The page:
Senate Bill 114 provides that the base contribution rate for an experience-rated employer will remain at 1.9% for the 2021 calendar year in response to COVID-19.

By Jurisdiction

Wake County

Raleigh

Effective July 6, 2021

Ordinance Prohibits Discrimination Based on Certain Hair Textures or Hairstyles

The City of Raleigh, North Carolina, passed an amendment to the city’s anti-discrimination ordinance indicating that discrimination based on race and national origin includes discrimination based on an individual’s hair texture or hairstyle, if that hair texture or hairstyle is commonly associated with a particular race or national origin, including, but not limited to, braids, locs, twists, tight coils or curls, cornrows, Bantu knots, and Afros.

North Dakota

Military Spouse Unemployment

Effective August 1, 2021

This North Dakota law provides eligibility for unemployment compensation for military spouses due to relocation.

Workers Compensation Reconsideration or Rehearing

Effective July 31, 2021

This North Dakota law provides that an employer has 45 days, instead of 30 days, to appeal a workforce safety and insurance decision or administrative order.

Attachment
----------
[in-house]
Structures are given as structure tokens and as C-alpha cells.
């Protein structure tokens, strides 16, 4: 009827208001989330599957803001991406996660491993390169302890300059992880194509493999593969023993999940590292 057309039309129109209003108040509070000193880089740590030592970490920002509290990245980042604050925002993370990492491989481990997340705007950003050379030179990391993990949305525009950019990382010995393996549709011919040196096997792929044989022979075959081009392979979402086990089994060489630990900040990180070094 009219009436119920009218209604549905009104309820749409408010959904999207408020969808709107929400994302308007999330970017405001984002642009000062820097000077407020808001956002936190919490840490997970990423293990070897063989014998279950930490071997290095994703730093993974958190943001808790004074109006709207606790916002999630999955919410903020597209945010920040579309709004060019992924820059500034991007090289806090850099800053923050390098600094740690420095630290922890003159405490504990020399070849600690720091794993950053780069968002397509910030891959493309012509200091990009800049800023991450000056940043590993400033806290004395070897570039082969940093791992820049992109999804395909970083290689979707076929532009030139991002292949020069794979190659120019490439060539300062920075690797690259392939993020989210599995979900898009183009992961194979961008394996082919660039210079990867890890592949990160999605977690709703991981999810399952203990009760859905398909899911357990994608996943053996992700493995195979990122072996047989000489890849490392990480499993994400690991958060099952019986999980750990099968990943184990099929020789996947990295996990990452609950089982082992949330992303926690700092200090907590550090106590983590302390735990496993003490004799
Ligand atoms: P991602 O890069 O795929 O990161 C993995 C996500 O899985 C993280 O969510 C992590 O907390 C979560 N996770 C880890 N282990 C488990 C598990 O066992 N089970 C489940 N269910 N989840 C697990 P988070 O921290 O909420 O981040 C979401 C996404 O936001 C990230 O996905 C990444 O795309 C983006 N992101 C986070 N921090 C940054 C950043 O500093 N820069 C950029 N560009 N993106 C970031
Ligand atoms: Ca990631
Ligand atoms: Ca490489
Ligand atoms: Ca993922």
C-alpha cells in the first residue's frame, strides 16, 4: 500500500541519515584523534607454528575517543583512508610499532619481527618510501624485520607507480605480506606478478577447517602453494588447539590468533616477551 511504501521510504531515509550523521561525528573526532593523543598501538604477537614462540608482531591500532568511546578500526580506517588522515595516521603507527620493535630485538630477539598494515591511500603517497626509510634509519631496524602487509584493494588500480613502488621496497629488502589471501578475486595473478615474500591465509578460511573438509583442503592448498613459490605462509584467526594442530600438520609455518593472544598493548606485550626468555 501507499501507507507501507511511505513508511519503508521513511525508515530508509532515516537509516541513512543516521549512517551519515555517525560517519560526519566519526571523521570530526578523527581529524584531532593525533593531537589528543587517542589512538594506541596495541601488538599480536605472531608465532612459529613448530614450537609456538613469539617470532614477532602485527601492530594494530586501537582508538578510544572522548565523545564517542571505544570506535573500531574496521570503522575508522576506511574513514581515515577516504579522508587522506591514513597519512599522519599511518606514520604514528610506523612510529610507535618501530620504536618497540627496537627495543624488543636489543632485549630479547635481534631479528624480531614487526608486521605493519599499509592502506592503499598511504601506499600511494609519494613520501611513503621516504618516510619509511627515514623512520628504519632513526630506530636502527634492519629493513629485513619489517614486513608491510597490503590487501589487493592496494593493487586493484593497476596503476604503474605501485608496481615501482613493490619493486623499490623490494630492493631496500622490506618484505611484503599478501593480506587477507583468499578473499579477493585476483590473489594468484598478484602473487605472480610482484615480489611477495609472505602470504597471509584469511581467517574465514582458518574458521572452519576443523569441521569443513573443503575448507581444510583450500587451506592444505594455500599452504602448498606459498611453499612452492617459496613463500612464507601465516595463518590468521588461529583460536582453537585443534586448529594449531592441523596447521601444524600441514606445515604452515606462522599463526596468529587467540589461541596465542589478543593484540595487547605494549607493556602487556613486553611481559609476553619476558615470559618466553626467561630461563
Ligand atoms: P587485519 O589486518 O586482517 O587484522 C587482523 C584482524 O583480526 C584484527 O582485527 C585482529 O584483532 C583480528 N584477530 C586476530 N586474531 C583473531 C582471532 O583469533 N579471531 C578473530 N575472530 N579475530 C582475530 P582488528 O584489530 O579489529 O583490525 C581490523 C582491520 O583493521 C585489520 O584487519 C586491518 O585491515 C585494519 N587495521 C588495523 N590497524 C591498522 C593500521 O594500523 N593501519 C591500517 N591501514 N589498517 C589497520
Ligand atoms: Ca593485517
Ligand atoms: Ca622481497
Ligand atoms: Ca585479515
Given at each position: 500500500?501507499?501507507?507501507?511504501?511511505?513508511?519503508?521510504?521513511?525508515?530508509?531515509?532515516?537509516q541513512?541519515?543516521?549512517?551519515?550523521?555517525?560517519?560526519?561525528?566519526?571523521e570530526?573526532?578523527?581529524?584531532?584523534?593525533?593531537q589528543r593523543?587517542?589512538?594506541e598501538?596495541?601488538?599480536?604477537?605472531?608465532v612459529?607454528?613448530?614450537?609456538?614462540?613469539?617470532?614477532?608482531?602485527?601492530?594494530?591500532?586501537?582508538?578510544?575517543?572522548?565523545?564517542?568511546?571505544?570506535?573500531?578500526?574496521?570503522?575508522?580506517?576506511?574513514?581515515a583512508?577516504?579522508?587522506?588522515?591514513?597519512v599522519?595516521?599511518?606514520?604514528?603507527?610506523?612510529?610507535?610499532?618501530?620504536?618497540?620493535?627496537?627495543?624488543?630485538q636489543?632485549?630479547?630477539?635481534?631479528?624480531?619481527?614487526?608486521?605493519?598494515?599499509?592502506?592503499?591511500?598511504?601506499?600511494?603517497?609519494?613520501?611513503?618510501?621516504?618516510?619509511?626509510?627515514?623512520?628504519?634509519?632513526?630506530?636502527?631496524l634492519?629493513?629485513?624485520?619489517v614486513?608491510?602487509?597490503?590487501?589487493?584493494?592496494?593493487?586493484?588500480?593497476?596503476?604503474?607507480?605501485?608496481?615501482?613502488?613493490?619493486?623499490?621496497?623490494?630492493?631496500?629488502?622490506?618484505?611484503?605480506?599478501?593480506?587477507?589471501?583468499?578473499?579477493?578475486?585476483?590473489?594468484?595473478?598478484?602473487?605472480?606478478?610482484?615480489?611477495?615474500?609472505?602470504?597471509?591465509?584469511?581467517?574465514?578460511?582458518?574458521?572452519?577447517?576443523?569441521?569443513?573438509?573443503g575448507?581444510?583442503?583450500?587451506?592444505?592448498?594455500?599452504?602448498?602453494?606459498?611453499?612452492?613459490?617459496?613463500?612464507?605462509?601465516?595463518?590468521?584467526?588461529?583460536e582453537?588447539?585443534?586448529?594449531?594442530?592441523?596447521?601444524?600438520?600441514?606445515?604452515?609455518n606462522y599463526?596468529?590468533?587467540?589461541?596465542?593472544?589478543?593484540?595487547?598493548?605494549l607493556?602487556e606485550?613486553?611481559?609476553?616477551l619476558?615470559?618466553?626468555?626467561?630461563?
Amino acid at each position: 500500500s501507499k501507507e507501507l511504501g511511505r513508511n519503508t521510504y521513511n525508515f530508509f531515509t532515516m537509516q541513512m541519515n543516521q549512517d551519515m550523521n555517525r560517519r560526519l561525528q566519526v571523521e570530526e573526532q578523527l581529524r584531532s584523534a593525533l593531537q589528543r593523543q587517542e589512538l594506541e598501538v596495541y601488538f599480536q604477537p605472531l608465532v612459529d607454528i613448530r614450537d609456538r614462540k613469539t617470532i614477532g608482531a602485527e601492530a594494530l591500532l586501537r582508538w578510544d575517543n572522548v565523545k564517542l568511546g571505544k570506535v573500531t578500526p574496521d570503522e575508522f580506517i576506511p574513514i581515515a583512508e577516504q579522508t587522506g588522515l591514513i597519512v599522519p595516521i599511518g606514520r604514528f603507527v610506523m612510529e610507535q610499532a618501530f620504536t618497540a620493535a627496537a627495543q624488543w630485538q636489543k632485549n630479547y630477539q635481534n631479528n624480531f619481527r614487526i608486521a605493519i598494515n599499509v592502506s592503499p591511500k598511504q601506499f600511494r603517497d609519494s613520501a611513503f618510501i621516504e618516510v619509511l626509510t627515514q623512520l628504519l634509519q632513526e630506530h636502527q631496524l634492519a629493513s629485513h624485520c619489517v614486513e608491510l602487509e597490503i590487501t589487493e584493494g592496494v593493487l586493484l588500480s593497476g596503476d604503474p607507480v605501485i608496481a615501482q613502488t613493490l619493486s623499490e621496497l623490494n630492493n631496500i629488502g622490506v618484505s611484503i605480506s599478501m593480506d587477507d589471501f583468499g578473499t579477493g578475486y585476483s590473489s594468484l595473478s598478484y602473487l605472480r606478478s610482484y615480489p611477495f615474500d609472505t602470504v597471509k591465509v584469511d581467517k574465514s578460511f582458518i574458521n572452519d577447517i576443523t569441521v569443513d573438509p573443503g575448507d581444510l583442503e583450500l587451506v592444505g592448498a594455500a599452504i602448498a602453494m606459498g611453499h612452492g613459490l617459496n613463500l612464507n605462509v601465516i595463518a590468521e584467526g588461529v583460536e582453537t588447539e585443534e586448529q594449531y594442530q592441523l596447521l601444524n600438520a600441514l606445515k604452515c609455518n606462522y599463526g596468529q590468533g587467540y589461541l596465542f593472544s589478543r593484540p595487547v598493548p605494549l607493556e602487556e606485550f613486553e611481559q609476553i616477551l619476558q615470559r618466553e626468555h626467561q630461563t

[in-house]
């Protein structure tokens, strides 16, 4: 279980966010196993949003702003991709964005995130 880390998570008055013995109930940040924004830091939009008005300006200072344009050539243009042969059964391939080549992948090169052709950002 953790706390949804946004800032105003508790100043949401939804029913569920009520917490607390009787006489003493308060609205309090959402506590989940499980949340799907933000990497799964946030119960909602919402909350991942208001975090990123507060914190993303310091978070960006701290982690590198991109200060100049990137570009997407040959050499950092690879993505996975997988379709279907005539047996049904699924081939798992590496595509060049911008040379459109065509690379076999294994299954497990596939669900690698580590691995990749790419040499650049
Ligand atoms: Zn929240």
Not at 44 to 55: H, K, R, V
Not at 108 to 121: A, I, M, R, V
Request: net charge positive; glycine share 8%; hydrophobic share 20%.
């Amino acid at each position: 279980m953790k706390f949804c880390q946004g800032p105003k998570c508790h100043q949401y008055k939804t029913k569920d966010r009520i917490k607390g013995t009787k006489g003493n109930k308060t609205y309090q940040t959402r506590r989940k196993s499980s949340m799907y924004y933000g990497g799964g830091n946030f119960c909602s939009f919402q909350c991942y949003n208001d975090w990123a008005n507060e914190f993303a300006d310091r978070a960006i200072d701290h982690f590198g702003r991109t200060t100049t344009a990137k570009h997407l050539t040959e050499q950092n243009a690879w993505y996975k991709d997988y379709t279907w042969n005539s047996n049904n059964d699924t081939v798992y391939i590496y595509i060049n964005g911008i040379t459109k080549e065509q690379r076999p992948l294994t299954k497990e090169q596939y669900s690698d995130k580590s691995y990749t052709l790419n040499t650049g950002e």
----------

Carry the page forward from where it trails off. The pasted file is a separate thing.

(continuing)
Ohio

Discrimination Administrative Procedures

Effective April 15, 2021

This Ohio law creates an administrative enforcement procedure for redressing claims of discrimination and harassment. It also permits an employee to file a civil action.

Minimum Wage Changes

Effective January 1, 2021

The minimum wage per hour will increase to $8.80. Tipped employees will have their base pay increased to $4.40 per hour.

Oklahoma

Wage Garnishment for Unpaid Taxes

Effective November 11, 2021

House Bill 2780 requires employers to withhold wages subject to an order of garnishment and permits wage garnishment for delinquent taxpayers.

Uniformed Services Employment and Reemployment Rights Act

Effective April 21, 2021